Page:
• Leaders regularly update and engage the governing entity around QI.
  • Leaders role model QI behavior and values with employees, customers, and partners.

Characteristics

  • The agency’s internal and external customers and stakeholders have been formally identified.
  • Some parts of the agency use customer satisfaction data to implement improvements (typically clinical).
  • The development of performance standards and measures related to customer satisfaction is informally occurring in some parts of the agency.

Transition Strategies

  • Identify existing customer satisfaction data and data needs.
  • Develop customer satisfaction performance measures throughout the agency. Include measures related to accessibility, courtesy, value, quality, timeliness, and helpfulness.
  • Identify customer satisfaction data sources and develop data collection instruments.
  • Develop a process for monitoring and reporting on customer satisfaction data, and incorporate into the performance management process.

Characteristics

  • A draft QI plan may exist but has not yet been adopted and implemented.
  • One or two staff (e.g. QI Coordinator) are responsible for leading QI and PM related activities.
  • The PM/QI Council is fully functional and actively overseeing agency-wide QI and PM initiatives.
  • A strategic plan may exist but likely did not result from a process that included stakeholder engagement, environmental scanning, data gathering, etc.
  • Divisions, departments, programs have process and output performance measures but meaningful outcome measures are not used. Performance is not linked to agency strategy.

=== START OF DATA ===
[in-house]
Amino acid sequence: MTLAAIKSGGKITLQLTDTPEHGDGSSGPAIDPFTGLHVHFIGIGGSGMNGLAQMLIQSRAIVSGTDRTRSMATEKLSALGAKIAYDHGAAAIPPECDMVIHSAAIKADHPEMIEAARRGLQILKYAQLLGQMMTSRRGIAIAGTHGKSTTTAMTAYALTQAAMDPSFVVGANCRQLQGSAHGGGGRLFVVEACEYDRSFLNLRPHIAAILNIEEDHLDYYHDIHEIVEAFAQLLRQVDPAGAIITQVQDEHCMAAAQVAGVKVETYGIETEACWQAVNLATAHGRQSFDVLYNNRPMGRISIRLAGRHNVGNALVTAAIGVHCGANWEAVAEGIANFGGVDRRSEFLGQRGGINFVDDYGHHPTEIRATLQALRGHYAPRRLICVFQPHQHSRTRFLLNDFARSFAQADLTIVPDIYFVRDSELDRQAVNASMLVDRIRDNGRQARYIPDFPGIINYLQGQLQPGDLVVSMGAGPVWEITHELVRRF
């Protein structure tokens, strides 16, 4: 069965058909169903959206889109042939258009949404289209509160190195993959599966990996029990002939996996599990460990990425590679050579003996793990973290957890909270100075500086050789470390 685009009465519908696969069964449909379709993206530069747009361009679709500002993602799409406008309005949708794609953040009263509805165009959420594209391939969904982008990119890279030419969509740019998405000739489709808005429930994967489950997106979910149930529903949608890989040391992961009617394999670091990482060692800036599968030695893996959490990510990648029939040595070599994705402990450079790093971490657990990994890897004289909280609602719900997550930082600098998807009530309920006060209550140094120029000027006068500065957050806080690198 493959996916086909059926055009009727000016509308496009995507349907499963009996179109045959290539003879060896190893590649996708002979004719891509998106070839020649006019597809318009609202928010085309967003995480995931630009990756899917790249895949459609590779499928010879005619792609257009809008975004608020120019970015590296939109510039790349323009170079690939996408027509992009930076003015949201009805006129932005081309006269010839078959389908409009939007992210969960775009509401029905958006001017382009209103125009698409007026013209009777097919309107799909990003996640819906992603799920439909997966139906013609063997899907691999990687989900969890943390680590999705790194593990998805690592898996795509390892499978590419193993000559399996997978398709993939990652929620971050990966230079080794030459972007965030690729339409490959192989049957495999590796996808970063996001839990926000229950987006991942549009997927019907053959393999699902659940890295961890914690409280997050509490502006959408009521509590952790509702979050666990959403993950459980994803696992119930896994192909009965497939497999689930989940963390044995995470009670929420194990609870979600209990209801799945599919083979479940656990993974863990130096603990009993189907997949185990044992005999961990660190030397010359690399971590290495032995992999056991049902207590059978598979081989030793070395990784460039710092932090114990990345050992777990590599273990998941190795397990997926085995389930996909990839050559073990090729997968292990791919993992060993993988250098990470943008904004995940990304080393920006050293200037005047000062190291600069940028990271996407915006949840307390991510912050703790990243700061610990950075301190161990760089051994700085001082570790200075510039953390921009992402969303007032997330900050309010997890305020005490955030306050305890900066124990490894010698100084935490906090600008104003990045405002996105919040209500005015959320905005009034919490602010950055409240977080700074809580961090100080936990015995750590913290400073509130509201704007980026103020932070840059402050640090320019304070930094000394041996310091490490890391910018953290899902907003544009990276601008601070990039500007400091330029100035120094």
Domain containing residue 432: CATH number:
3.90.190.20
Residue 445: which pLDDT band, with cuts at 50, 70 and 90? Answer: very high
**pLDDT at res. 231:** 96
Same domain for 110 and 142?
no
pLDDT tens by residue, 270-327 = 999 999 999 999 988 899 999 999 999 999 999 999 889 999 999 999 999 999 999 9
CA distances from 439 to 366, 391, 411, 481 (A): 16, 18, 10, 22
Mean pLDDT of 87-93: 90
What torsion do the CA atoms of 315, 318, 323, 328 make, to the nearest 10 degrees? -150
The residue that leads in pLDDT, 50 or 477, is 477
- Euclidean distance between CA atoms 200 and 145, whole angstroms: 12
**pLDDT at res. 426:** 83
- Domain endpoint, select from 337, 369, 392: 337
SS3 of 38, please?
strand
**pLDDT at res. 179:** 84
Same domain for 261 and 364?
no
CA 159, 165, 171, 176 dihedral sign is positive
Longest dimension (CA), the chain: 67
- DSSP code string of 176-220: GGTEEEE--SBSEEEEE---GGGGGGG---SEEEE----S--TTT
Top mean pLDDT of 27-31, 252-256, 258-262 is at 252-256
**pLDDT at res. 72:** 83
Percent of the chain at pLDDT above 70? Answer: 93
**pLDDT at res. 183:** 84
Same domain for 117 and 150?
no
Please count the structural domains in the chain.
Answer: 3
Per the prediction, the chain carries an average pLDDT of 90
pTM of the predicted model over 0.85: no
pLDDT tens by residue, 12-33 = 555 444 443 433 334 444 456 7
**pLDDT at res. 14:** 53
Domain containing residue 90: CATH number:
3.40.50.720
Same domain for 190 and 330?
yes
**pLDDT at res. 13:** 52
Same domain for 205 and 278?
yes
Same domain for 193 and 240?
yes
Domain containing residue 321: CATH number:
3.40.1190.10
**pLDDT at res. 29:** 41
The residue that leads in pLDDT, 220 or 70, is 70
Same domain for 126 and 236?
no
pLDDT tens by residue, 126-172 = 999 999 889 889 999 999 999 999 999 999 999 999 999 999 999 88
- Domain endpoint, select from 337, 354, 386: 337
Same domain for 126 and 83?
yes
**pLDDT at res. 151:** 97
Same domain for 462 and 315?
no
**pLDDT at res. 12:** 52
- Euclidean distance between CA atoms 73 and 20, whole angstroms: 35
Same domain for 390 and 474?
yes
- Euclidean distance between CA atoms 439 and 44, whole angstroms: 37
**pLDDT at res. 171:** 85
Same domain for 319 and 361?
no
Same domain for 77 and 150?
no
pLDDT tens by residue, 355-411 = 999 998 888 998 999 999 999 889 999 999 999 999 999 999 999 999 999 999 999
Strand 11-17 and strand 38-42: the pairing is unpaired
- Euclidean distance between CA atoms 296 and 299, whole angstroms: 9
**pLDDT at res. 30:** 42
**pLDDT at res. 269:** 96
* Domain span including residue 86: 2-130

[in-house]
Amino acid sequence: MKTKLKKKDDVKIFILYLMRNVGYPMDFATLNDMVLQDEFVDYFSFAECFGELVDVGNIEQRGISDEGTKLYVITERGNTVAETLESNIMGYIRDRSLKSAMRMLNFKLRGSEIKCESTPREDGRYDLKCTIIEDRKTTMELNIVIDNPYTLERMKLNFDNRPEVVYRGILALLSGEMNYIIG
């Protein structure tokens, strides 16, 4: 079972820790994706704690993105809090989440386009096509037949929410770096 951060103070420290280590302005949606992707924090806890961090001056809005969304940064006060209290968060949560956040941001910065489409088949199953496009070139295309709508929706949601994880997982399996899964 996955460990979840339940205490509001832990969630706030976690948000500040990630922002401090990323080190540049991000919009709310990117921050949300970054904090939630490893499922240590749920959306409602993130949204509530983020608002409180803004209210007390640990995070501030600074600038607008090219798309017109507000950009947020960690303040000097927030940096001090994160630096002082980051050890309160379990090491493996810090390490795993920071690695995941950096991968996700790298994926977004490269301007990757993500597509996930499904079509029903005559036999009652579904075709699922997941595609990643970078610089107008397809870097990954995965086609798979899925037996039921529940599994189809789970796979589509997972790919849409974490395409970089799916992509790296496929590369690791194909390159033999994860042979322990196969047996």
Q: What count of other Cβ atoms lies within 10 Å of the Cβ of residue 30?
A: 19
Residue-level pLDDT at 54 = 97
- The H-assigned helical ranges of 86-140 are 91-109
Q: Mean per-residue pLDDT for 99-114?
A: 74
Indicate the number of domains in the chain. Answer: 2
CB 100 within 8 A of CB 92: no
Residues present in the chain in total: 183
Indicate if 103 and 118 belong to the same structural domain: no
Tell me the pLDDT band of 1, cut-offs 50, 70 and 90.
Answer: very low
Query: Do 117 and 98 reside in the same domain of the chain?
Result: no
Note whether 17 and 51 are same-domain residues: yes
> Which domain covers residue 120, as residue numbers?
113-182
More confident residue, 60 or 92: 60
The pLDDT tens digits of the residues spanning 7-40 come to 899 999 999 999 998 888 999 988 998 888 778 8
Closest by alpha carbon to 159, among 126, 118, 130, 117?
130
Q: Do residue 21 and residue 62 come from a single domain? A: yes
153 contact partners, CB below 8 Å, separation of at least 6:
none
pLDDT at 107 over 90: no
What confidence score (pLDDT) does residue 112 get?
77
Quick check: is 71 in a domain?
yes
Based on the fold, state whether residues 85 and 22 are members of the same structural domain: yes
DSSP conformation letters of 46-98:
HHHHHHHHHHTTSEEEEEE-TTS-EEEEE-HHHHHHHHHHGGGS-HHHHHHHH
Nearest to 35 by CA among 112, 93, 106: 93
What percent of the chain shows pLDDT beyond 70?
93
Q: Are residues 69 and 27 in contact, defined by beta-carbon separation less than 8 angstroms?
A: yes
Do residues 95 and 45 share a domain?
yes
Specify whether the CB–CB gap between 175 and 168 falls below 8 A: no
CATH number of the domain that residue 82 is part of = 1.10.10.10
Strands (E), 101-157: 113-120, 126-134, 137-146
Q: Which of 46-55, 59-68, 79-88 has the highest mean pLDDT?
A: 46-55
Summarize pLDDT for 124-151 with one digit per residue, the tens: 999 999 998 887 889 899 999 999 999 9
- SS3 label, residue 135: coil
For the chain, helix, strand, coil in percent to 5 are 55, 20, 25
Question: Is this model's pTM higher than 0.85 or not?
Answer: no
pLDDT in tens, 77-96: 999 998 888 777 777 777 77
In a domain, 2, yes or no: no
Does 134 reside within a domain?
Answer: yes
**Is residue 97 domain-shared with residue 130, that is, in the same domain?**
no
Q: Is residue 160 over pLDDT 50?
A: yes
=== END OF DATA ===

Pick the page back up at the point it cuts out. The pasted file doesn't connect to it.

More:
• Some performance data exists but is not consistently used for decision making, performance monitoring, and QI project identification.

Transition Strategies

  • Implement a formal process for choosing performance standards and targets and for developing respective performance measures to manage performance around core functions (e.g., human resources, finance) and public health programs and services (e.g., MCH, customer service).
  • Develop performance standards and measures at the organization, division, and program level, measuring both processes and outcomes. Align performance standards and measures with the agency strategic plan.
  • All staff identify performance data needs and sources.
  • Leaders, PM/QI Council, and IT staff conduct a formal requirements gathering process to understand needs for  a data-collection system for storing and tracking performance data (e.g., Excel, Access, software).
  • Establish a formal process for routinely reporting progress against performance standards/targets to all stakeholders (e.g., external customers, governing entity, leaders) including methods and frequency of analysis and reporting.
  • Begin to identify areas for improvement based on a gap analysis using performance data.
  • PM/QI Council develops a formal process to evaluate and revise the QI plan annually.

Characteristics

  • A small number of processes are being improved through discrete QI projects using a formal QI model (e.g. PDCA), however, projects do not always fully align with steps in the selected model (e.g. lack of baseline data, insufficient Root Cause Analysis).
  • Basic QI tools are being used to implement informal or ad-hoc improvements or problem solving (e.g. Cause-and-Effect Diagram, Flowcharts, Brainstorming).
  • Performance data is inconsistently used as a part of improvement projects.
  • QI projects may not be resulting in significant improvements or take an excessive amount of time to complete.
  • Process improvements are not documented or monitored for sustained success.

Transition Strategies

  • All staff practice using the seven basic tools of quality in daily work to identify root causes of problems, assess efficiency of processes, interpret findings, and correct problems.
  • The PM/QI Council identifies and sponsors “winnable” QI projects using agency performance data. QI efforts are linked to strategic priorities and identified from performance data to the extent possible. (Lack of performance measures and data in this phase should not hinder initiation of discrete QI efforts as opportunities for staff to practice will facilitate learning.)